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Managing unusual sensory experiences: A feasibility trial in an At Risk Mental States for psychosis group

Lookup NU author(s): Dr Rob DudleyORCiD



This work is licensed under a Creative Commons Attribution 4.0 International License (CC BY 4.0).


© 2020 The Authors. Psychology and Psychotherapy: Theory, Research and Practice published by John Wiley & Sons Ltd on behalf of British Psychological SocietyObjectives: To conduct a feasibility study on a new, tablet-delivered treatment for unusual sensory experiences in service-users with an At Risk Mental States for psychosis. Design: A mixed method design was employed, using content analysis to investigate whether service-users and therapists found the new treatment acceptable and helpful. We also collected data on the impact of treatment, but without a control group could not make any claims about effectiveness. Methods: Eligible participants were contacted before starting treatment and offered the chance to participate. Assessments were conducted before and after the treatment, which typically was completed in 4–6 sessions by an accredited CBT therapist. A structured interview was used to collect qualitative feedback. Results: Qualitative feedback suggested that the treatment was acceptable to service-users and therapists, and the progression criteria were met for recruitment, retention, and adherence to treatment. Conclusions: The new treatment targeting subtypes of auditory and visual hallucinations was acceptable to service-users and the benefits of addressing psychological mechanisms thought to contribute to hallucinations was supported by qualitative feedback. Practitioner points: A novel treatment has been developed for unusual sensory experiences based on subtyping voices and using technology to help explain psychological mechanisms that may be linked to hallucinations. The treatment was acceptable to service users and therapists in At Risk Mental States for psychosis services with qualitative feedback supporting the approach. The treatment may be particularly useful in preventing the progressions of psychosis as people who have not developed fixed ideas about the origin of the experiences may be more open to alternative explanations.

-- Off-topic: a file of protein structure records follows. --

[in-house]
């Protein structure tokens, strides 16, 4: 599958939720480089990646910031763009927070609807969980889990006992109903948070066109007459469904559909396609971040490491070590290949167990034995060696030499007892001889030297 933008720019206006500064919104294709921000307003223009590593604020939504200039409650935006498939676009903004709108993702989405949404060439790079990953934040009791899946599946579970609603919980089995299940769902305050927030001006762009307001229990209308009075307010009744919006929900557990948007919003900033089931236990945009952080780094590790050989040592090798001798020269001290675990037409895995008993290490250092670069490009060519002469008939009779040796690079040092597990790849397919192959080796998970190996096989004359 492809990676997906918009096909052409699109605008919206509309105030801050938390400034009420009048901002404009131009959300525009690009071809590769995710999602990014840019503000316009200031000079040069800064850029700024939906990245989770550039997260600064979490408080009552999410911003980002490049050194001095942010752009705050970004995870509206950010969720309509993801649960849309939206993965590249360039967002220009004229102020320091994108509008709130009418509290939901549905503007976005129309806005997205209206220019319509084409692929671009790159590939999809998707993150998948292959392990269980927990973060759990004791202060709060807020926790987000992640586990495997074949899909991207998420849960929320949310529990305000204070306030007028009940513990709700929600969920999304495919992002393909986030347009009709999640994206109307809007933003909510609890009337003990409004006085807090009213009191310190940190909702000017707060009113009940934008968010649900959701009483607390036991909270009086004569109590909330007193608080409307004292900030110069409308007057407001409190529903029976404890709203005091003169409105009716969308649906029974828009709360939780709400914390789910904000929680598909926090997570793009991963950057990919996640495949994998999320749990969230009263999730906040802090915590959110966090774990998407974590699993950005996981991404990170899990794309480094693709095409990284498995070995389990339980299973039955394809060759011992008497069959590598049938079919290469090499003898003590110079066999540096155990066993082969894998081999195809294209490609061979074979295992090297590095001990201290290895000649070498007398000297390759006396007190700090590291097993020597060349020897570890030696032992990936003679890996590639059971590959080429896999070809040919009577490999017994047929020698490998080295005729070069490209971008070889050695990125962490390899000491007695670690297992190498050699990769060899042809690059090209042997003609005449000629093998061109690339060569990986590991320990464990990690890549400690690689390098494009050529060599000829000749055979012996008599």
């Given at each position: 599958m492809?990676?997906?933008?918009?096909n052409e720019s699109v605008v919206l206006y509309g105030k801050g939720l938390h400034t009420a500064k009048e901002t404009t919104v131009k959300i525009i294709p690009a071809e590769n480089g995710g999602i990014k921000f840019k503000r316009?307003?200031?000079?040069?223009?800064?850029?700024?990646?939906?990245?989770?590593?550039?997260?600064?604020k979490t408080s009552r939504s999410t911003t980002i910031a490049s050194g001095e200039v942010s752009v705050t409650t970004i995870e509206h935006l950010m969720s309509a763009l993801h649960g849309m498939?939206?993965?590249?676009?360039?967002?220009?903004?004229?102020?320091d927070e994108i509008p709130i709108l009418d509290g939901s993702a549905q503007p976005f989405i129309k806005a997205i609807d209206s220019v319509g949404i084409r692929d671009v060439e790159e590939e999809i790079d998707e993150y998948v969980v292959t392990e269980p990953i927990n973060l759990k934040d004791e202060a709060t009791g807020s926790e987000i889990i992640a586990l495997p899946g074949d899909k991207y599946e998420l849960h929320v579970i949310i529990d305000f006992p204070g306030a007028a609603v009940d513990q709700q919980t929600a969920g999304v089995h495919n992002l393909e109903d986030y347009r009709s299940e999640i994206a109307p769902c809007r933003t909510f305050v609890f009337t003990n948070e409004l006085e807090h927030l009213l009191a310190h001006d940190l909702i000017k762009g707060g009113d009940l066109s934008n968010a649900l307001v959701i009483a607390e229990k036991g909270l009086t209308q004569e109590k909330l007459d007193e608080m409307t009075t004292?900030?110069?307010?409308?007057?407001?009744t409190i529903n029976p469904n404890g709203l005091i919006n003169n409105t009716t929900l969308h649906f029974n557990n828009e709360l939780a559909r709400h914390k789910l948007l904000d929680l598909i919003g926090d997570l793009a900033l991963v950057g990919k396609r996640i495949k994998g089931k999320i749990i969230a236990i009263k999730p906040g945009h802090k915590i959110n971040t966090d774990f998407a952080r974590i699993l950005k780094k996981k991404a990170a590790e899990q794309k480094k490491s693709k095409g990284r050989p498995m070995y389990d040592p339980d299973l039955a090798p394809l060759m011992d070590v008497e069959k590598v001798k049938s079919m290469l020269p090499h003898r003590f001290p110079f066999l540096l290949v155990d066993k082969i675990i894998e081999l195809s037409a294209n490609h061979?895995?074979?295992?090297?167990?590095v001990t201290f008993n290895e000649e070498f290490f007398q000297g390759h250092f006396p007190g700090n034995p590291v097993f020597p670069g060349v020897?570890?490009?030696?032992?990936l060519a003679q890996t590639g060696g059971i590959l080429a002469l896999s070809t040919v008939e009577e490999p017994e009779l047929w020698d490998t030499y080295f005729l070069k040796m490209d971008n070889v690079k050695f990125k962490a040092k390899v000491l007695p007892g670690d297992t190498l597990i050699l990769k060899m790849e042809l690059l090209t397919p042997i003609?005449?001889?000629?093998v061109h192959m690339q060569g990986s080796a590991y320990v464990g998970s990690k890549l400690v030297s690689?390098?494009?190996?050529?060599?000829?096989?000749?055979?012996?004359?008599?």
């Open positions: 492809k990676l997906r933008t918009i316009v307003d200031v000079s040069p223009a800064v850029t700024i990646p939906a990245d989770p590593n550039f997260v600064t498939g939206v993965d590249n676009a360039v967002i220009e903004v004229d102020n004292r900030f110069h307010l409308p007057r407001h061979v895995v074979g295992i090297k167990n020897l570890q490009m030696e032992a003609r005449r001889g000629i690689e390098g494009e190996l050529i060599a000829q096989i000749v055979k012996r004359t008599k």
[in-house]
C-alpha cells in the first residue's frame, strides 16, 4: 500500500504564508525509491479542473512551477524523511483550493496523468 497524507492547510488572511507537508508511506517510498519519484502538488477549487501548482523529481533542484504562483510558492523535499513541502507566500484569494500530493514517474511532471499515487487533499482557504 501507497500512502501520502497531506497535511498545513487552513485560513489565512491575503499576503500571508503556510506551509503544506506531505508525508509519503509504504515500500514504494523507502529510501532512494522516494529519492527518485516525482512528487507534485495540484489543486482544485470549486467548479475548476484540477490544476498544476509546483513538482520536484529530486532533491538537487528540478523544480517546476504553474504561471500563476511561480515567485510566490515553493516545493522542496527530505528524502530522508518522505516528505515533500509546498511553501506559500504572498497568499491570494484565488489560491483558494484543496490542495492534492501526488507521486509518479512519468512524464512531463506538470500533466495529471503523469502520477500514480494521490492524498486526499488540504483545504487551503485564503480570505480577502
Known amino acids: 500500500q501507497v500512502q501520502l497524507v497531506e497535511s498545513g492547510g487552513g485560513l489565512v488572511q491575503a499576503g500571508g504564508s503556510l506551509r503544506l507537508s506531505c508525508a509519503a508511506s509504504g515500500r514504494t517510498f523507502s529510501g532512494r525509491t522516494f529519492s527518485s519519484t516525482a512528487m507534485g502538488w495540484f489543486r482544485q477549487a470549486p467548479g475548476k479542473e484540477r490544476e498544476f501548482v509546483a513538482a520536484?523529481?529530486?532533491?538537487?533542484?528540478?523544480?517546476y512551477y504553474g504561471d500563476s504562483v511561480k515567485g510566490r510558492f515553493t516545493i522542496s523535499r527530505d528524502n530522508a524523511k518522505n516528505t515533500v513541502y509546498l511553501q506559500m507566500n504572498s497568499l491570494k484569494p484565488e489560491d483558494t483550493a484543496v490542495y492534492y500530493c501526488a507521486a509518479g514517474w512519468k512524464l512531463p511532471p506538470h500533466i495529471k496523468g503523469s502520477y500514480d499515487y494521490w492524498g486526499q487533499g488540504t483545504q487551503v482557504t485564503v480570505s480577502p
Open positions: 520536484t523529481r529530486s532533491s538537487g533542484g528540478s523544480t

Publication metadata

Author(s): Dodgson G, Aynsworth C, Mitrenga KJ, Gibbs C, Patton V, Fernyhough C, Dudley R, Ewels C, Leach L, Alderson-Day B, Common S

Publication type: Article

Publication status: Published

Journal: Psychology and Psychotherapy: Theory, Research and Practice

Year: 2021

Volume: 94

Issue: 3

Pages: 481-503

Print publication date: 01/09/2021

Online publication date: 15/12/2020

Acceptance date: 29/10/2020

Date deposited: 18/05/2021

ISSN (print): 1476-0835

ISSN (electronic): 2044-8341

Publisher: Wiley-Blackwell


DOI: 10.1111/papt.12323


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